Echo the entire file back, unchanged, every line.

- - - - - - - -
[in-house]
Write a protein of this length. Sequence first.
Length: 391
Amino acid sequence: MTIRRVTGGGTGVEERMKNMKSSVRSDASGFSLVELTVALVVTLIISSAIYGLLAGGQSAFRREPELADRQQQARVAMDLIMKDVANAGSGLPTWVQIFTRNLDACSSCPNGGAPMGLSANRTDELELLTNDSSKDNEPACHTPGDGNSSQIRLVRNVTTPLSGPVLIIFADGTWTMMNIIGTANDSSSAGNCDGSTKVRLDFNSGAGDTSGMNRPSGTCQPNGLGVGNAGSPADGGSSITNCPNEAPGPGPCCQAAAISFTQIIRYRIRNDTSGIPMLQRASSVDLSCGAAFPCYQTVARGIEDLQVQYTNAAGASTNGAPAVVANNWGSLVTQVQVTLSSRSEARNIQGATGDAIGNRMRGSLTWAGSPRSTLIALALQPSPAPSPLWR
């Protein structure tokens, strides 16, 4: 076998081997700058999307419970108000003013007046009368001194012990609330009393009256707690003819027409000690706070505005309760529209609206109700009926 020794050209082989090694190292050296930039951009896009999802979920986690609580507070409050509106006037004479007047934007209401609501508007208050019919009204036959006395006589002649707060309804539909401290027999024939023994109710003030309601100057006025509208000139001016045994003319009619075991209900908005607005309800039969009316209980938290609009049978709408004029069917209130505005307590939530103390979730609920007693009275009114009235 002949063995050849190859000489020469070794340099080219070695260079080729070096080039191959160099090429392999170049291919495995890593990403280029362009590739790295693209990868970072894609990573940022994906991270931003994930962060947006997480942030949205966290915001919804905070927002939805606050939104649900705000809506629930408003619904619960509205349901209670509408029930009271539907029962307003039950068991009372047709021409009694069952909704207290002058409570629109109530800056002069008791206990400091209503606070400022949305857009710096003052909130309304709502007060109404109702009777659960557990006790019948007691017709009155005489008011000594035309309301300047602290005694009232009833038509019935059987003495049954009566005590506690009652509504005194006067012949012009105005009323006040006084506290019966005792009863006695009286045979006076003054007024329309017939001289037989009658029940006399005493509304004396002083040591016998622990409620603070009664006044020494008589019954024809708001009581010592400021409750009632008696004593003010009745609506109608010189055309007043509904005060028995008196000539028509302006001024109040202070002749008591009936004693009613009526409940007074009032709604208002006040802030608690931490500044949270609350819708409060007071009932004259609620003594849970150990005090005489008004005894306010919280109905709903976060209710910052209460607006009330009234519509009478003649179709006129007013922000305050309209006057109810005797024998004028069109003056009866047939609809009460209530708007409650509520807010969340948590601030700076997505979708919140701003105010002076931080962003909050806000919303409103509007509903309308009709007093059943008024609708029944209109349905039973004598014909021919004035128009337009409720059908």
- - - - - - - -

[in-house]
Write a protein of this length. Sequence first.
Length: 391
Amino acid sequence: MTIRRVTGGGTGVEERMKNMKSSVRSDASGFSLVELTVALVVTLIISSAIYGLLAGGQSAFRREPELADRQQQARVAMDLIMKDVANAGSGLPTWVQIFTRNLDACSSCPNGGAPMGLSANRTDELELLTNDSSKDNEPACHTPGDGNSSQIRLVRNVTTPLSGPVLIIFADGTWTMMNIIGTANDSSSAGNCDGSTKVRLDFNSGAGDTSGMNRPSGTCQPNGLGVGNAGSPADGGSSITNCPNEAPGPGPCCQAAAISFTQIIRYRIRNDTSGIPMLQRASSVDLSCGAAFPCYQTVARGIEDLQVQYTNAAGASTNGAPAVVANNWGSLVTQVQVTLSSRSEARNIQGATGDAIGNRMRGSLTWAGSPRSTLIALALQPSPAPSPLWR
């Protein structure tokens, strides 16, 4: 076998081997700058999307419970108000003013007046009368001194012990609330009393009256707690003819027409000690706070505005309760529209609206109700009926 020794050209082989090694190292050296930039951009896009999802979920986690609580507070409050509106006037004479007047934007209401609501508007208050019919009204036959006395006589002649707060309804539909401290027999024939023994109710003030309601100057006025509208000139001016045994003319009619075991209900908005607005309800039969009316209980938290609009049978709408004029069917209130505005307590939530103390979730609920007693009275009114009235 002949063995050849190859000489020469070794340099080219070695260079080729070096080039191959160099090429392999170049291919495995890593990403280029362009590739790295693209990868970072894609990573940022994906991270931003994930962060947006997480942030949205966290915001919804905070927002939805606050939104649900705000809506629930408003619904619960509205349901209670509408029930009271539907029962307003039950068991009372047709021409009694069952909704207290002058409570629109109530800056002069008791206990400091209503606070400022949305857009710096003052909130309304709502007060109404109702009777659960557990006790019948007691017709009155005489008011000594035309309301300047602290005694009232009833038509019935059987003495049954009566005590506690009652509504005194006067012949012009105005009323006040006084506290019966005792009863006695009286045979006076003054007024329309017939001289037989009658029940006399005493509304004396002083040591016998622990409620603070009664006044020494008589019954024809708001009581010592400021409750009632008696004593003010009745609506109608010189055309007043509904005060028995008196000539028509302006001024109040202070002749008591009936004693009613009526409940007074009032709604208002006040802030608690931490500044949270609350819708409060007071009932004259609620003594849970150990005090005489008004005894306010919280109905709903976060209710910052209460607006009330009234519509009478003649179709006129007013922000305050309209006057109810005797024998004028069109003056009866047939609809009460209530708007409650509520807010969340948590601030700076997505979708919140701003105010002076931080962003909050806000919303409103509007509903309308009709007093059943008024609708029944209109349905039973004598014909021919004035128009337009409720059908």